EXCLUSIVE: Omicron ‘sub-variant’ discovered in South Texas border county | Radio WGN 720

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McALLEN, TX (Border report) – Health officials say they discovered a “subvariant” of the omicron variant of COVID-19 among five new cases in Hidalgo County, southern Texas, which means the virus has mutated again, learned Border Report.

In an exclusive interview Thursday morning, Hidalgo County Health and Human Services Administrative Director Eduardo “Eddie” Olivarez told Border Report that there are now more than 20,000 coronavirus cases detected in this county. border county since December 23, including 10 cases of omicron. variant.

Among the 10 cases of omicron in Hidalgo County, scientists have discovered a new mutated form, which is the subvariant.

Olivarez said the subvariant detected, however, does not necessarily mean the virus is worse than earlier forms.

“We have 10 confirmed omicron cases, but we have our first confirmed omicron subvariant. Is it a more serious illness? No. It’s just a different molecular structure,” he said via a Zoom interview.

, Eduardo “Eddie” Olivarez, Hidalgo County Health and Human Services General Manager (Border Report/Zoom Photo)

The explosion of cases is so high along the border in the Rio Grande Valley that state and FEMA health officials will open a “regional” drive-thru testing site at City Park next Wednesday. Edinburgh at 714 S. Raul Longoria Road in Edinburg, Texas.

There have been at least 2,000 new coronavirus cases in Hidalgo County just since Monday, he said.

Olivarez said scientists have already identified more than 30 different variants of the coronavirus strain, including the delta and omicron forms. And he said they are constantly working to discover more, as well as sub-variants of each strain.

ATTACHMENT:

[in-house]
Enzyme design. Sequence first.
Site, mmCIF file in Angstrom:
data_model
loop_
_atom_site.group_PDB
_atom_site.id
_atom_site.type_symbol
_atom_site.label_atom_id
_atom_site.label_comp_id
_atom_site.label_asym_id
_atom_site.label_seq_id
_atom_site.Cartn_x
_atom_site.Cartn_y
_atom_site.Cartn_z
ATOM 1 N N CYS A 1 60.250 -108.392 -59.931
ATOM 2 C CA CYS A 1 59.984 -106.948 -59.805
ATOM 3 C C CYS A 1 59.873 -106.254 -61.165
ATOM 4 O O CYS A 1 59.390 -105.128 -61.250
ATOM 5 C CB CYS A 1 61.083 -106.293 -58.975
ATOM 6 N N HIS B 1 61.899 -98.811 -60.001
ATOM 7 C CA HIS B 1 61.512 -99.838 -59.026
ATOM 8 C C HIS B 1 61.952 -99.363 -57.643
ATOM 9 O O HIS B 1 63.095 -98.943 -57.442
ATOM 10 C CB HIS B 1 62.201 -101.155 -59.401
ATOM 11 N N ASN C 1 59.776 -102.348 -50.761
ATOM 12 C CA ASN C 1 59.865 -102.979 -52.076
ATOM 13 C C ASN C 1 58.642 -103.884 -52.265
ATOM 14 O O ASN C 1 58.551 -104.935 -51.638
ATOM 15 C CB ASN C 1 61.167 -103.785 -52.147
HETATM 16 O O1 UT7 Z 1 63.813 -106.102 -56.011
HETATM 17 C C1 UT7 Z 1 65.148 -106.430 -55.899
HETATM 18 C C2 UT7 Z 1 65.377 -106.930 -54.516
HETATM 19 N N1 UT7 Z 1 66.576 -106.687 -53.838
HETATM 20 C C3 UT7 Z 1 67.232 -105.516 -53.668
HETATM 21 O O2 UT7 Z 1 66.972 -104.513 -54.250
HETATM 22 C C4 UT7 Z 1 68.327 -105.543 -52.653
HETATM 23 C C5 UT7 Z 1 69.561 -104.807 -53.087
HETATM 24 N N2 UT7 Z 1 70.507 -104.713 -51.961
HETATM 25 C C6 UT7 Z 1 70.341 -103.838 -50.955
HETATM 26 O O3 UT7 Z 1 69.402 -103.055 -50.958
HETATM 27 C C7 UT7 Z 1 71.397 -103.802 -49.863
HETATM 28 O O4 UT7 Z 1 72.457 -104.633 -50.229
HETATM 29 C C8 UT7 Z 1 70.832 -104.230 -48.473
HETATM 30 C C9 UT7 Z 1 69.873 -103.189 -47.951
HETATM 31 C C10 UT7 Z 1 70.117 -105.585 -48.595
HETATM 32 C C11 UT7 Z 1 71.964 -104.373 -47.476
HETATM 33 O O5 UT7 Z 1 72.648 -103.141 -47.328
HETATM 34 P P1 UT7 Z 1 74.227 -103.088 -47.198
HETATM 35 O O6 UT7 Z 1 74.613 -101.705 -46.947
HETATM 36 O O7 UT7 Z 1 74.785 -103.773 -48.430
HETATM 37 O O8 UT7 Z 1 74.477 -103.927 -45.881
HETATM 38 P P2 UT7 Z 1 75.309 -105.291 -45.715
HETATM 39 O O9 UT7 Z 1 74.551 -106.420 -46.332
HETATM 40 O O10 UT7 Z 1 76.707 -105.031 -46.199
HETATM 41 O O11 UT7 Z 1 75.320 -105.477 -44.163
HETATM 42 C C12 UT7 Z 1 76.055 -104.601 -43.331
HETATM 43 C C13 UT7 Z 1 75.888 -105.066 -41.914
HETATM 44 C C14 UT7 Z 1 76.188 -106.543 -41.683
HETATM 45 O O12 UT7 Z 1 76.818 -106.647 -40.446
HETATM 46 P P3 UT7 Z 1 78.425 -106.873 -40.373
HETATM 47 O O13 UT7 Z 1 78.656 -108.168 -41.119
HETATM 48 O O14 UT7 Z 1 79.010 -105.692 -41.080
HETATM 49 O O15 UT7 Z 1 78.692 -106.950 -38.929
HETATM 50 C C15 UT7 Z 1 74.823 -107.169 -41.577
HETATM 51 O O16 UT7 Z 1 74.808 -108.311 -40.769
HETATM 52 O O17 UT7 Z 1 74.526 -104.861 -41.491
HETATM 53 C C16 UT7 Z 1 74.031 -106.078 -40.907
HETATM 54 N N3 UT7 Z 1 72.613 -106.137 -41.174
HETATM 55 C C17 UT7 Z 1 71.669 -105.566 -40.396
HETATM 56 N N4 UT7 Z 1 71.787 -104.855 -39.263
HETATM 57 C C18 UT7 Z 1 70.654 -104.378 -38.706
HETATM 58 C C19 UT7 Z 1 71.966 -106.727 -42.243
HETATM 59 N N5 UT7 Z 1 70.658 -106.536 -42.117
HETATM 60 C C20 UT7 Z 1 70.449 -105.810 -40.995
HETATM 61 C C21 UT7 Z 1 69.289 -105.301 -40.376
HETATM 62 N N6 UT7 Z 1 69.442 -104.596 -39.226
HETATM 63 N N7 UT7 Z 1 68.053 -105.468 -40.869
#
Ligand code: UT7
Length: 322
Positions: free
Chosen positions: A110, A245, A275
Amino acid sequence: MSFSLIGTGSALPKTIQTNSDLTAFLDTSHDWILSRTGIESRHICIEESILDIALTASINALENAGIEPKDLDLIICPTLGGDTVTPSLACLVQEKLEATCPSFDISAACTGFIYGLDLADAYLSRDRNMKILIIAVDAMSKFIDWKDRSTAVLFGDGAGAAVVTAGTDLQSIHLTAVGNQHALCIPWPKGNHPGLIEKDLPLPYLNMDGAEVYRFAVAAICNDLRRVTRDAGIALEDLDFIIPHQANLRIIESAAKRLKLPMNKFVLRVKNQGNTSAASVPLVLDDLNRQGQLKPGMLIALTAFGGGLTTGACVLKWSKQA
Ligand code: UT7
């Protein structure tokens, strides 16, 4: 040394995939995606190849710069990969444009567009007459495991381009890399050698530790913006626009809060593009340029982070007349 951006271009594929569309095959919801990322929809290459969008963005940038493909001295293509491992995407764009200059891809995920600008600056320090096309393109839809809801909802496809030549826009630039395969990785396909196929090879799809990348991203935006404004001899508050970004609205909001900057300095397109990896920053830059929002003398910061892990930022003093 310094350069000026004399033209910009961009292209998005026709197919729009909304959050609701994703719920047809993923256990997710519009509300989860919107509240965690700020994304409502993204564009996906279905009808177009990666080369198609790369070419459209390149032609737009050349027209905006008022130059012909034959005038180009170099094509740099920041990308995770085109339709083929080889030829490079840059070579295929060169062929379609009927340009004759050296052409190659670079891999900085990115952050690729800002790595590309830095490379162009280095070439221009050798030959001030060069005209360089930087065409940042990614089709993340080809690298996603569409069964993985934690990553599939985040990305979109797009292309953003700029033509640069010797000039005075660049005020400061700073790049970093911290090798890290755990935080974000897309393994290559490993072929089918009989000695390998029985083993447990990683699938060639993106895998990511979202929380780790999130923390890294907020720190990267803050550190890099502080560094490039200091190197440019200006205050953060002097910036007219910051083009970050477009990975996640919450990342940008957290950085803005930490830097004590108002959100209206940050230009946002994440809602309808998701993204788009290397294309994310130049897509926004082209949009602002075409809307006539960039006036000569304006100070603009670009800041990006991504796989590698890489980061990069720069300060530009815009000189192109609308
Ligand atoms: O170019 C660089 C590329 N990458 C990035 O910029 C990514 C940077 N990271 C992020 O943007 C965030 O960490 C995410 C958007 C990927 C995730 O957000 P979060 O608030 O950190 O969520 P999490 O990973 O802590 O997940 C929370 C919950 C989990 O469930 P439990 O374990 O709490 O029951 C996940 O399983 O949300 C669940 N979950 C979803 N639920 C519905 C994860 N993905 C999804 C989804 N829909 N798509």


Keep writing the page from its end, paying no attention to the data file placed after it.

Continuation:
Several news reports, including those from India, have identified at least three subvariants of the omicron strain of COVID-19. India Time, calls the “sibling” subvariants of omicron, the third of which was detected in England on December 3.

Olivarez said not everyone tested for the coronavirus receives their sample to assess their strain.

Testing for the omicron strain and other variants can only be done at the state level, by the Texas Department of State Health Services (TDSHS), or by the Centers for Disease Control and Prevention (CDC).

The process is quite intense and involves specialized equipment and personnel. It includes the study of more than “300 different segmentations” of the virus sample.

He said only a random “sample” of tests are sent from hospitals and “big box” pharmacies to be assessed.

Test results can take up to three weeks for local authorities to receive the results. In the meantime, there may be significant community spread, which appears to be occurring on the southern border of Texas and Mexico.

Knowing that the omicron variant is highly contagious and spreads quickly, Olivarez said he and other Hidalgo County health officials strongly believe the high rates of new cases are of the omicron strain, but they don’t. no conclusive results yet. .

Other border communities are also reporting a large spike in cases, such as Tijuana, Mexico, with a positivity rate of 74%.

“Mother Nature is very powerful. Mother Nature will always win out,” Olivarez said. “Viruses are part of Mother Nature. Viruses adapt and change. A virus is the simplest form of life designed to multiply. and feed It will adapt to its food source – humans and it will adapt to the growth of the spread.

Mother Nature is very powerful. Mother Nature will always win… Viruses are part of Mother Nature. Viruses adapt and change. A virus is the simplest form of life designed to multiply and feed itself. It will adapt to its food source – humans and it will adapt to propagation growth.

Eduardo “Eddie” Olivarez, Hidalgo County General Manager of Health and Human Services

Olivarez said TDSHS and the Texas Department of Emergency Management are working with the University of Texas and its affiliated campuses to launch the regional coronavirus testing site in the Rio Grande Valley. He said he hopes the site will be up and running for at least 21 days, during which time all testing will be free.

The site will offer free tests, which it says have become very hard to find.

“It’s going to be something that’s going to help us a lot,” Olivarez said. “We are very pleased to have this FEMA TDEM test site operational next week.”

Sandra Sanchez can be reached at [email protected]

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